The electrical anisotropy of the continental lithosphere: Methods of analysis and results for southern Africa

Category Geophysic
Group GSI.IR
Location International Geological Congress,oslo 2008
Author Jones, Alan۱; Miensopust, Marion P.۱; Garcia, Xavier۱; Evans, Rob L.۲; Cole, Patrick۳; Ngwisanyi, Tiyapo۴; Hutchins, Dave۵; Fourie, Stoffel۶; Evans, Shane F.۷; Mountford, Andy۸; Pettit, Wayne۹; SAMTEX, MT Team۱
Holding Date 23 September 2008

The formation and deformation processes of continental lithosphere are poorly understood, and this paucity of knowledge increases exponentially further back in Earth’s history. In particular, how Mesoarchean-aged lithosphere, that roots all of the world’s Archean cratons, was formed is controversial, and none of the current models are without serious objection. One tool that can shed light on those processes is the electrical anisotropy and its variation laterally and vertically, in particular when combined with observations of seismic anisotropy. From these anisotropy observations can be inferred tectonic fabrics imprinted as part of the formation and deformation processes. Determination of electrical anisotropy has been demonstrated to yield key information, particularly of ductile shear zones (Ji et al., 1996; Eaton et al., 2004). Measurements of electrical anisotropy on widespread continental regions also are providing crucial data (Mareschal et al., 1995; Hamilton et al., 2006; Frederiksen et al., 2006; Padhila et al., 2006), although care must be exercised when undertaking the analyses and interpretation not to be influenced by crustal distortions (Lahti et al., 2005; Jones, 2006).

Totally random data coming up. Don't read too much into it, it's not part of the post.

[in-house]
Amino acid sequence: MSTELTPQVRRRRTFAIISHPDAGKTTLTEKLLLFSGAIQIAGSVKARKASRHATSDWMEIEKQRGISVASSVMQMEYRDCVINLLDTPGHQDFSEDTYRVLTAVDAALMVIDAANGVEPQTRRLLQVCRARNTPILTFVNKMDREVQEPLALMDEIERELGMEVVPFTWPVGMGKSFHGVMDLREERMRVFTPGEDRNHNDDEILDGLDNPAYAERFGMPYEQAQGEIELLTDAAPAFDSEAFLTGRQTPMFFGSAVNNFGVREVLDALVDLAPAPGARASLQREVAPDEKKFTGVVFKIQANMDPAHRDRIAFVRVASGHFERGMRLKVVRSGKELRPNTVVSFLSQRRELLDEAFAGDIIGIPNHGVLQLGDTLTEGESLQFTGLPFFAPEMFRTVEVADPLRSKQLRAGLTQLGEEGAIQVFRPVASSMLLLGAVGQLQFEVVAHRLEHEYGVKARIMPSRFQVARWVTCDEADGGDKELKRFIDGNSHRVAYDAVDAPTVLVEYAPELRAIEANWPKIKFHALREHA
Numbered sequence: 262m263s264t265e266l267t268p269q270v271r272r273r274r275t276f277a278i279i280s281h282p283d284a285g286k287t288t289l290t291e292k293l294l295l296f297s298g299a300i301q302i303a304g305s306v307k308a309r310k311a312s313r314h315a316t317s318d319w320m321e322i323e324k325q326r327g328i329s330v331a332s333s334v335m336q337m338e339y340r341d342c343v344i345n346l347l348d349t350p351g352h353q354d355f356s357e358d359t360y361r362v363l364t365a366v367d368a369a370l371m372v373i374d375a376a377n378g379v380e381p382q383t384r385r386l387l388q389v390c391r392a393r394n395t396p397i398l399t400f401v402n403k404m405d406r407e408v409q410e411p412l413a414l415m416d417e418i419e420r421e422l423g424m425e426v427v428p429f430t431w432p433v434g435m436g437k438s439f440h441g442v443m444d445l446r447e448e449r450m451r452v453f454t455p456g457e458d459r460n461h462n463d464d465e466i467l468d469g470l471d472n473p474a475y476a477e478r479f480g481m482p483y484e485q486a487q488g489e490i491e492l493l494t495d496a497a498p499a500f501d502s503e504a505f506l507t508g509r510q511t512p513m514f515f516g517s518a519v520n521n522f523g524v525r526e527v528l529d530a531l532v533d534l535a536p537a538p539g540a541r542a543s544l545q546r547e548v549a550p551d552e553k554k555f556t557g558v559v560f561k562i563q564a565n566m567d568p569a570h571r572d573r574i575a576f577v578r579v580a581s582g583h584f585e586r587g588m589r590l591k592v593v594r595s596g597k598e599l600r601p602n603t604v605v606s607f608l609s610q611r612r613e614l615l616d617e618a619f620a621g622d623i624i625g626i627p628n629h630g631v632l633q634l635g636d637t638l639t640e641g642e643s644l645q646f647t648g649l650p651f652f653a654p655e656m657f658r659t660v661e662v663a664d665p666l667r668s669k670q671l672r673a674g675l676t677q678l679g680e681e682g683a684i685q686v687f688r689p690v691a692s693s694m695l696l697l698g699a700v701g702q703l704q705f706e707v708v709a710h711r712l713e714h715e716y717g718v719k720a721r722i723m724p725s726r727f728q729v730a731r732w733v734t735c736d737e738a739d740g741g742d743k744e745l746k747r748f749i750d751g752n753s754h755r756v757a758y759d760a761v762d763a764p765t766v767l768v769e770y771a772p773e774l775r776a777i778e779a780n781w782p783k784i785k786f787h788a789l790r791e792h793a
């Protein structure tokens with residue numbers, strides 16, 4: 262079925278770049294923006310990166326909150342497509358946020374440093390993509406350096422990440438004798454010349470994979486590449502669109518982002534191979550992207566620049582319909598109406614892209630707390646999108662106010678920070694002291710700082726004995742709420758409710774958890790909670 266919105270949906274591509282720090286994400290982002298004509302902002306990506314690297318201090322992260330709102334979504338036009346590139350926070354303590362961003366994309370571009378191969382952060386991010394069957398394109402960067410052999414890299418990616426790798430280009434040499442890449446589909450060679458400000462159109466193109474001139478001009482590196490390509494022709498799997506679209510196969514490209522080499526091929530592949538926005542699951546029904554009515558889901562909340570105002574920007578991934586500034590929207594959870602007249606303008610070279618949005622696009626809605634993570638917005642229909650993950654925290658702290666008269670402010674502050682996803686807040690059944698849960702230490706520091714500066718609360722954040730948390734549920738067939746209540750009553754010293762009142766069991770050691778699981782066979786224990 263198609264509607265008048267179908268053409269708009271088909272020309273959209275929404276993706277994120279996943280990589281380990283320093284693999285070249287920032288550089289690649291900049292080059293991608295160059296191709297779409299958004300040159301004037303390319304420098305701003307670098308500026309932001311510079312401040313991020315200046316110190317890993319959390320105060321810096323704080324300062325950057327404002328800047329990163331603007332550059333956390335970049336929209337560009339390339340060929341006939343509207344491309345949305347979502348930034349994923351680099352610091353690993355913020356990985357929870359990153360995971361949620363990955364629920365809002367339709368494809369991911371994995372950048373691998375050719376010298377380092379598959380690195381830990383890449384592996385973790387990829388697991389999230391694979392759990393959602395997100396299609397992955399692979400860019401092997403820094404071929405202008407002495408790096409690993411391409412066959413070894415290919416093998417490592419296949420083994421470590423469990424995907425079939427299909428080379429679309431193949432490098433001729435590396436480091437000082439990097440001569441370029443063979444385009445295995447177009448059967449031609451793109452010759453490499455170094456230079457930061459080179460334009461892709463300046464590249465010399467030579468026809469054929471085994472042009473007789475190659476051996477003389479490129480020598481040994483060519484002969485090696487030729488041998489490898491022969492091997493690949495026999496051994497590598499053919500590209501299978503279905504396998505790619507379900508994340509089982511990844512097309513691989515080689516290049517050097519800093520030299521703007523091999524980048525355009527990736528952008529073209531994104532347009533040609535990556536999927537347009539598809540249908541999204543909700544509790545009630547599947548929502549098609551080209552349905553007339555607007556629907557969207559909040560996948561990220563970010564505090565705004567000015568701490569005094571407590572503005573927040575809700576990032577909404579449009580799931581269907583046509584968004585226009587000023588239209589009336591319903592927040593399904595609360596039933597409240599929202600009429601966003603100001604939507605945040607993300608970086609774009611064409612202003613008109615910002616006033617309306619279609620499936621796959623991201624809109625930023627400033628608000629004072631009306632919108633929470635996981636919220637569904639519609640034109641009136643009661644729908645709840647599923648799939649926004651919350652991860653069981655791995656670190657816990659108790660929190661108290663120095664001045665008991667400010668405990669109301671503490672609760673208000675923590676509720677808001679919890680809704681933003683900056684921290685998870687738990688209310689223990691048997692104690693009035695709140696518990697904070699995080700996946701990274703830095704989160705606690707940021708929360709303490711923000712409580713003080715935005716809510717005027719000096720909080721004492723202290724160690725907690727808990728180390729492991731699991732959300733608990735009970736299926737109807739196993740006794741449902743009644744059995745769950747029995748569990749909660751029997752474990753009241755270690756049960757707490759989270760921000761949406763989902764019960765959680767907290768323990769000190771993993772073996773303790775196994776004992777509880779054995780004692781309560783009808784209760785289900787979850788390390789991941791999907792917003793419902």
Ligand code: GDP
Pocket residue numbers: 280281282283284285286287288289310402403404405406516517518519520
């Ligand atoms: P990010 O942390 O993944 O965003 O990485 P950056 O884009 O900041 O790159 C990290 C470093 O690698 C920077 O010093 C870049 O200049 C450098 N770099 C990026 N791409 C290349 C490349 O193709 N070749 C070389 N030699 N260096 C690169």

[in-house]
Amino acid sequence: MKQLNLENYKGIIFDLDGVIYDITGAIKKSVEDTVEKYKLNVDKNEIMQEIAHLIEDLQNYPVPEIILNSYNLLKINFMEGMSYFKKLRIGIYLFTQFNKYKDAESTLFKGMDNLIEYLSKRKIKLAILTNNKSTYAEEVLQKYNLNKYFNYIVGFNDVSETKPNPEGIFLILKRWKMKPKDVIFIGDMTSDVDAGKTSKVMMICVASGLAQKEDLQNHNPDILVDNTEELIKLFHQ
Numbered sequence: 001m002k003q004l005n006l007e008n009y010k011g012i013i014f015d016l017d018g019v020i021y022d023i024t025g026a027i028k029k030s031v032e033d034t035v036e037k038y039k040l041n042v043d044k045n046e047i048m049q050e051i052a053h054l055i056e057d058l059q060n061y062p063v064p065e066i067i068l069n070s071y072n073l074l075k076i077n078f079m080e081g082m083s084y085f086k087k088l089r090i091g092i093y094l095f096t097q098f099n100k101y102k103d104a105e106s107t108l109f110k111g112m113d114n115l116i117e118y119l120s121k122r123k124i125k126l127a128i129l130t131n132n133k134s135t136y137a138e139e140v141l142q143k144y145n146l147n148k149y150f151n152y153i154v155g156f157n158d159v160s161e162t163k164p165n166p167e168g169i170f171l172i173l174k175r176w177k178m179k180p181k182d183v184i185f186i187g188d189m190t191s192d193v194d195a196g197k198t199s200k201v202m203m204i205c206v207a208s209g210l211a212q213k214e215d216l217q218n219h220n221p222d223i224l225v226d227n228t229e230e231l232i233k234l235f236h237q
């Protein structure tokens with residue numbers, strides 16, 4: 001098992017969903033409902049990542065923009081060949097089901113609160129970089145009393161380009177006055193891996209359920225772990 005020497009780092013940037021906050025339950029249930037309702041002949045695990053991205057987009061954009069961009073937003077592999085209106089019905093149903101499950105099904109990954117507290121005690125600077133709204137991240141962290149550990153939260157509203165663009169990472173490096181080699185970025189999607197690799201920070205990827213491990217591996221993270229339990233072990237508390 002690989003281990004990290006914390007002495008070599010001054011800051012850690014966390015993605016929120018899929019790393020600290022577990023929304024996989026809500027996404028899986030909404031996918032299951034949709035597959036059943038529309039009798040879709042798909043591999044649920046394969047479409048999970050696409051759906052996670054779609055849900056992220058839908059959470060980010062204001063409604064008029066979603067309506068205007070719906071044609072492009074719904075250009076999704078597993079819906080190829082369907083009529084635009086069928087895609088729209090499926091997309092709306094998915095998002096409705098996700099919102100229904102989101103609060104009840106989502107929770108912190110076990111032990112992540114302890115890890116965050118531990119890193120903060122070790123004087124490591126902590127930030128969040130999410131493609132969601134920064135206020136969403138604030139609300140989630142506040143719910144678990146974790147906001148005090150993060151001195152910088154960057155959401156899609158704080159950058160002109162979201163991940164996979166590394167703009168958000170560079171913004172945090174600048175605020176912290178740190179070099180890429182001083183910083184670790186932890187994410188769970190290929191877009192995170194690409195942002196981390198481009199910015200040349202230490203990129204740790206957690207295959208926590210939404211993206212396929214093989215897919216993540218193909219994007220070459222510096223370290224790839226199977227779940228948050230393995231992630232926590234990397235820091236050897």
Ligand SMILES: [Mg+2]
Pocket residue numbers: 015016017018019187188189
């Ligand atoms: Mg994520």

Magnetotelluric data from the SAMTEX (Southern African Magnetotelluric Experiment) project at over 500 sites in an area of over one million square kilometres in Botswana, Namibia and South Africa have been analysed using a variety of novel techniques, including transformation to approximate depth and cluster analysis. The anisotropy directions were band-averaged into three depth ranges: 1) the period band above the Moho (approx. 20-40 km), 2) the period band below the Moho (approx. 40 to 100 km), and 3) periods sensing below 250 km, i.e., into the asthenosphere. In the case of class (3) there were so few periods at each site that a multi-site average for groups of sites was performed.
The crustal results show high correlation with large-scale crustal features, such as tectonic boundaries and regional-scale lineaments. The upper lithospheric mantle results also exhibit correlation with some, but not all, of these features. The asthenosphere results show excellent correlation with absolute plate motion.